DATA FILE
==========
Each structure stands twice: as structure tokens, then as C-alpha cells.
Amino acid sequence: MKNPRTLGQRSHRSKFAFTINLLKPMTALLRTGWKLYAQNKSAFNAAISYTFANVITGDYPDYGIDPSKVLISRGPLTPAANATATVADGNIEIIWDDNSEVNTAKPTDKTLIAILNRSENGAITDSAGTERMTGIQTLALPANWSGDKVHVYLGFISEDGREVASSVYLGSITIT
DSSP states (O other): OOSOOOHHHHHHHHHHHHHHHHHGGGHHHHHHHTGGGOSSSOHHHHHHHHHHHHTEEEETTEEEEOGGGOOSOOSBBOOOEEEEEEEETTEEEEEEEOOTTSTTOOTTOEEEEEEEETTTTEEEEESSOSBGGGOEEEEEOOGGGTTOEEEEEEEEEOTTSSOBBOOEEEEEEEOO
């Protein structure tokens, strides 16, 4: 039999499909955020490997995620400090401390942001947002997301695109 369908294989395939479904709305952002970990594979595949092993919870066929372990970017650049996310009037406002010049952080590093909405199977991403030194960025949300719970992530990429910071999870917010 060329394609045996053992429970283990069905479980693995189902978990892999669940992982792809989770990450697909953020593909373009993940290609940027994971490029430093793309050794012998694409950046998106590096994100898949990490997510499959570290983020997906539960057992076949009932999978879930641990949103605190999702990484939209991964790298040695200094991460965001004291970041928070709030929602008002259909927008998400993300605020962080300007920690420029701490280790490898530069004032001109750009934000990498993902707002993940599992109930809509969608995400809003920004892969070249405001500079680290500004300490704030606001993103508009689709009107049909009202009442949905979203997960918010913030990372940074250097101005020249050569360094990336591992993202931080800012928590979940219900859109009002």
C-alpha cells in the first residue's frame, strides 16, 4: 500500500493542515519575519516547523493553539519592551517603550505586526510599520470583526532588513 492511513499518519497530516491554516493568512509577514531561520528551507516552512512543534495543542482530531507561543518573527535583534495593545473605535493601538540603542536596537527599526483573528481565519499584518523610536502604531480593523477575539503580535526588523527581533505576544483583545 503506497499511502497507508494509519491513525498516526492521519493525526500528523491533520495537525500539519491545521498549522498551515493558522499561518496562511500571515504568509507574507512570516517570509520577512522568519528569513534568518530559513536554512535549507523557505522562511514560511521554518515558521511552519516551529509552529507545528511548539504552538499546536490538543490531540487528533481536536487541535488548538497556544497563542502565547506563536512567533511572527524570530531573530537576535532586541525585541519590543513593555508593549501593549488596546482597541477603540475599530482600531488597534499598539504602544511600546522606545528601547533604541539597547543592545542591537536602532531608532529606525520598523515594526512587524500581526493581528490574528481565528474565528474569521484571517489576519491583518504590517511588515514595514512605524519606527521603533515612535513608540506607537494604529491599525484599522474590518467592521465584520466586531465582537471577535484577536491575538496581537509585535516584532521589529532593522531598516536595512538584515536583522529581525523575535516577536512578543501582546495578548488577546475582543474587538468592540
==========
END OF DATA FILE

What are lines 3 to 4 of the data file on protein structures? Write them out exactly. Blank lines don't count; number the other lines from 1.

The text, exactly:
DSSP states (O other): OOSOOOHHHHHHHHHHHHHHHHHGGGHHHHHHHTGGGOSSSOHHHHHHHHHHHHTEEEETTEEEEOGGGOOSOOSBBOOOEEEEEEEETTEEEEEEEOOTTSTTOOTTOEEEEEEEETTTTEEEEESSOSBGGGOEEEEEOOGGGTTOEEEEEEEEEOTTSSOBBOOEEEEEEEOO
């Protein structure tokens, strides 16, 4: 039999499909955020490997995620400090401390942001947002997301695109 369908294989395939479904709305952002970990594979595949092993919870066929372990970017650049996310009037406002010049952080590093909405199977991403030194960025949300719970992530990429910071999870917010 060329394609045996053992429970283990069905479980693995189902978990892999669940992982792809989770990450697909953020593909373009993940290609940027994971490029430093793309050794012998694409950046998106590096994100898949990490997510499959570290983020997906539960057992076949009932999978879930641990949103605190999702990484939209991964790298040695200094991460965001004291970041928070709030929602008002259909927008998400993300605020962080300007920690420029701490280790490898530069004032001109750009934000990498993902707002993940599992109930809509969608995400809003920004892969070249405001500079680290500004300490704030606001993103508009689709009107049909009202009442949905979203997960918010913030990372940074250097101005020249050569360094990336591992993202931080800012928590979940219900859109009002």